Defense secretary 'didn't see' intelligence backing Trump's claim of Iran plot against U.S. embassies


The White House faced pointed new questions Sunday about U.S. intelligence underpinning the airstrike that killed a top Iranian general this month, as Defense Secretary Mark Esper acknowledged he had not seen evidence to back up President Trump’s assertion that four American embassies were in jeopardy at the time.

Meanwhile, anti-government demonstrations flared for a second day in Tehran, adding to pressure on Iran’s leaders.

Although both Washington and Tehran have seemingly stepped back from further escalation, the latest unrest in the Iranian capital — spurred by what Iran says was the mistaken downing of a Ukrainian passenger jet — formed an uneasy backdrop to continuing repercussions of the fiery U.S. drone strike that killed Gen. Qassem Suleimani on Jan. 3.

In Washington, senior administration officials who fanned out on Sunday’s news talk shows were pressed for clarification of Trump’s assertion, in a Fox News interview last week, that Suleimani had been planning attacks against four U.S. embassies at the time he was killed. The administration has been trying to bolster its case that the general posed an “imminent” threat to Americans.

Esper, interviewed on CBS’ “Face the Nation,” acknowledged that he “didn’t see” any specific intelligence regarding the four embassies. Yet he tried to avoid contradicting Trump, saying, “I share the president’s view” that the diplomatic posts were probably a target.

In a separate interview, Robert C. O’Brien, the national security advisor, sought to parry the question as to whether any intelligence specifically supported Trump’s assertion, without directly addressing the president’s contention.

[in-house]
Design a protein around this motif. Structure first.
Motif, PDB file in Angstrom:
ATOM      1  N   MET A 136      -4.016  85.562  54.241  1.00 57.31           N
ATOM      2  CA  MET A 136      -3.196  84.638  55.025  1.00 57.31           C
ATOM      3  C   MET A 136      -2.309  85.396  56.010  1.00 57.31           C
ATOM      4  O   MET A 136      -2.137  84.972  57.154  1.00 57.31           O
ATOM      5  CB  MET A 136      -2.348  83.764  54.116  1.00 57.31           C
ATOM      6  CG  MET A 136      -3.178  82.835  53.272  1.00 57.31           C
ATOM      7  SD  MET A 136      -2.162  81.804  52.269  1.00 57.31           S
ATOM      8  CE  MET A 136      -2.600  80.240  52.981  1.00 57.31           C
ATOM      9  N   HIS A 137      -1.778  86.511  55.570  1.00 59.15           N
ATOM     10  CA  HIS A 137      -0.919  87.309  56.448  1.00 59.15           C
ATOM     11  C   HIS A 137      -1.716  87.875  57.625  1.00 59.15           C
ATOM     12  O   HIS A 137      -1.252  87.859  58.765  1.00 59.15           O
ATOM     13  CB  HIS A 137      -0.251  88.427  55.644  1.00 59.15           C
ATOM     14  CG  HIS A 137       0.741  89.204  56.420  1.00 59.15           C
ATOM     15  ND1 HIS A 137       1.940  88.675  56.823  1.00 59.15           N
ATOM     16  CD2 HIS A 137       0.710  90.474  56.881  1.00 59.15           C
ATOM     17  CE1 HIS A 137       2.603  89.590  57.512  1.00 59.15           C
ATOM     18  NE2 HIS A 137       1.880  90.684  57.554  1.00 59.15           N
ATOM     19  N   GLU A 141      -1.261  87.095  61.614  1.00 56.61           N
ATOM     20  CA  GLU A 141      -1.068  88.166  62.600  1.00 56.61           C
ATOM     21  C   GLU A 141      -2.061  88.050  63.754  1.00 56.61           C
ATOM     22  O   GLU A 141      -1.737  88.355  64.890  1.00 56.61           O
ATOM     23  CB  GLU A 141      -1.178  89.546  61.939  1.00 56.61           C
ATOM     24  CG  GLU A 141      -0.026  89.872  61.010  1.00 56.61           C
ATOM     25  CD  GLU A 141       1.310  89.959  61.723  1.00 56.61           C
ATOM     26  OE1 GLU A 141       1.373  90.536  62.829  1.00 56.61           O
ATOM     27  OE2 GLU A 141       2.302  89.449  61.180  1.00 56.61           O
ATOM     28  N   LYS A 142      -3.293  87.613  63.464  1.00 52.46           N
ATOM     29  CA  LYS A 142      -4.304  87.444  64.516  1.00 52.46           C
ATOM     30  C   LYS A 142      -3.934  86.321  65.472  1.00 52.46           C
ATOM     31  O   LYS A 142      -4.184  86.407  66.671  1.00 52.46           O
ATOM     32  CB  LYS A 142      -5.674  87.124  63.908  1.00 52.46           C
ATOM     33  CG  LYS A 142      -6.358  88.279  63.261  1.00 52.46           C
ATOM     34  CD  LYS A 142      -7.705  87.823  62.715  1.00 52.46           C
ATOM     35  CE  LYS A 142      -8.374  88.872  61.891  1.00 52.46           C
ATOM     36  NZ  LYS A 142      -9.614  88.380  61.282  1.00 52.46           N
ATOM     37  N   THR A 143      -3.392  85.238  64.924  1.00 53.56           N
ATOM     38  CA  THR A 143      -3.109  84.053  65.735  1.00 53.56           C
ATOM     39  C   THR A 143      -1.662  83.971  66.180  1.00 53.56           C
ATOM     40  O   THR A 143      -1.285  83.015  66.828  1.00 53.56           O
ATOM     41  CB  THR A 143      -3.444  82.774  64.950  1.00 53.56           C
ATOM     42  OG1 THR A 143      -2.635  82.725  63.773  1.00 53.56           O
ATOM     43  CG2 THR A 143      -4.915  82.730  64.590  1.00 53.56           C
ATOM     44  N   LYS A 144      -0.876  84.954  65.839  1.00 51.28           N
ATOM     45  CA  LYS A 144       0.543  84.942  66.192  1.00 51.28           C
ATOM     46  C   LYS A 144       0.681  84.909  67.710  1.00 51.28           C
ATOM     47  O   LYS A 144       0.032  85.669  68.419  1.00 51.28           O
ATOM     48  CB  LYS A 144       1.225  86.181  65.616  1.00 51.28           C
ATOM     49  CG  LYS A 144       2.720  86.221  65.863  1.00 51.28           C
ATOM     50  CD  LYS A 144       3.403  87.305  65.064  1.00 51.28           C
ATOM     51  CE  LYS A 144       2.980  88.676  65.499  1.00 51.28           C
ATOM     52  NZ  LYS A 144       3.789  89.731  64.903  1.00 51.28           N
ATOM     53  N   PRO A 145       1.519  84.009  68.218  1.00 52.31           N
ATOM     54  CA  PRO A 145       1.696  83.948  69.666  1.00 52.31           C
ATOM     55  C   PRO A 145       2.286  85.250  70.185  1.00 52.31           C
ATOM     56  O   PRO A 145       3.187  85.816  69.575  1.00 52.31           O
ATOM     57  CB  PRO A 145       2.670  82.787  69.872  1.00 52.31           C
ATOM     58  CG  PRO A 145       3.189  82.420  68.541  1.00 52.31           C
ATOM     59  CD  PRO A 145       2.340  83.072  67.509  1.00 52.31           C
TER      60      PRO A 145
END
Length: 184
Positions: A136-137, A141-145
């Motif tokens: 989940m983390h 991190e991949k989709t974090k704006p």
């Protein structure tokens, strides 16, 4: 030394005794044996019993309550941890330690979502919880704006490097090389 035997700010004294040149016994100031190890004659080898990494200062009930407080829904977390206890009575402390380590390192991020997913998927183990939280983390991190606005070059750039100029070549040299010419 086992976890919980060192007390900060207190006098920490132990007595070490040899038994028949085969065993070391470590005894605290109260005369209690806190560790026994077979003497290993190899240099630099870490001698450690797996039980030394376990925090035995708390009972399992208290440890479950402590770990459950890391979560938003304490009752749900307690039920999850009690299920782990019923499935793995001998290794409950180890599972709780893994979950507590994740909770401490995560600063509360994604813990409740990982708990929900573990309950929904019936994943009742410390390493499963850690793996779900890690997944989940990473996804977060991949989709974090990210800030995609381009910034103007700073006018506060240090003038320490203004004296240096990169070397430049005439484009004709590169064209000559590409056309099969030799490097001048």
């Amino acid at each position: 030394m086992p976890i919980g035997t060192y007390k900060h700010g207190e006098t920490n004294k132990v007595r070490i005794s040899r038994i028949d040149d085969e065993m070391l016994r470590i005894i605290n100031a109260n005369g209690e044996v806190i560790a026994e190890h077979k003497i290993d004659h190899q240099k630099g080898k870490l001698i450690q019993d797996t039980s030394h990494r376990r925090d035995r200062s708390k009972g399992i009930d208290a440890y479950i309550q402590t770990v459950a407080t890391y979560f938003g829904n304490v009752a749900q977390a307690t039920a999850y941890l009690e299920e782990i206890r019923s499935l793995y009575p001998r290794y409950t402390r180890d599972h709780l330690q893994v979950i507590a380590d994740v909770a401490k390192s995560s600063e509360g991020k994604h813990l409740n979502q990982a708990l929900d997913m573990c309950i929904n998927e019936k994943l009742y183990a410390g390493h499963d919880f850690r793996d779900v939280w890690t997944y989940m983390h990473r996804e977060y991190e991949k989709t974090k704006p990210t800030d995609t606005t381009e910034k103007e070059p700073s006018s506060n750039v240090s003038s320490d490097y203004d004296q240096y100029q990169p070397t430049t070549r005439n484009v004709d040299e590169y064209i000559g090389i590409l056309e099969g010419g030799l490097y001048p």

“We knew there were threats to American facilities,” he said on “Fox News Sunday,” adding: “Now whether they were bases, embassies — you know it’s always hard until the attack happens.”

In a separate interview on NBC’s “Meet the Press,” O’Brien declined to detail imminent threats against any diplomatic installation other than the American Embassy in Baghdad, whose gates were breached on New Year’s Eve by protesters aligned with a pro-Iranian militia.

No other officials have backed up the assertion from Trump, who has a history of fabricating details to embellish his accounts of events. Congressional Democrats said no such intelligence regarding the four supposedly imperiled embassies was relayed to them in briefings last week.

“I’d love to have the intelligence out there,” O’Brien said. “Unfortunately, if we declassify it, we could end up losing that stream of intelligence.”

Both he and Esper, though, pointed to the protests in Tehran as a sign of an increasingly beleaguered Iranian government. On ABC’s “This Week,” O’Brien said Iranian authorities were “having a very bad week” after denying and then acknowledging responsibility for shooting down the Ukrainian airliner, killing all 176 people aboard, shortly after having fired missiles at military bases in Iraq to retaliate for the United States’ targeted killing of Suleimani.

“This is a regime that’s reeling from maximum pressure, they’re reeling from their incompetence in this situation, and the people of Iran are just fed up with it,” O’Brien said.

The demonstrations mark yet another crisis for Iran’s leaders, who have been blamed for a weakening economy even as they deal with the aftermath of Suleimani’s killing outside the Baghdad airport.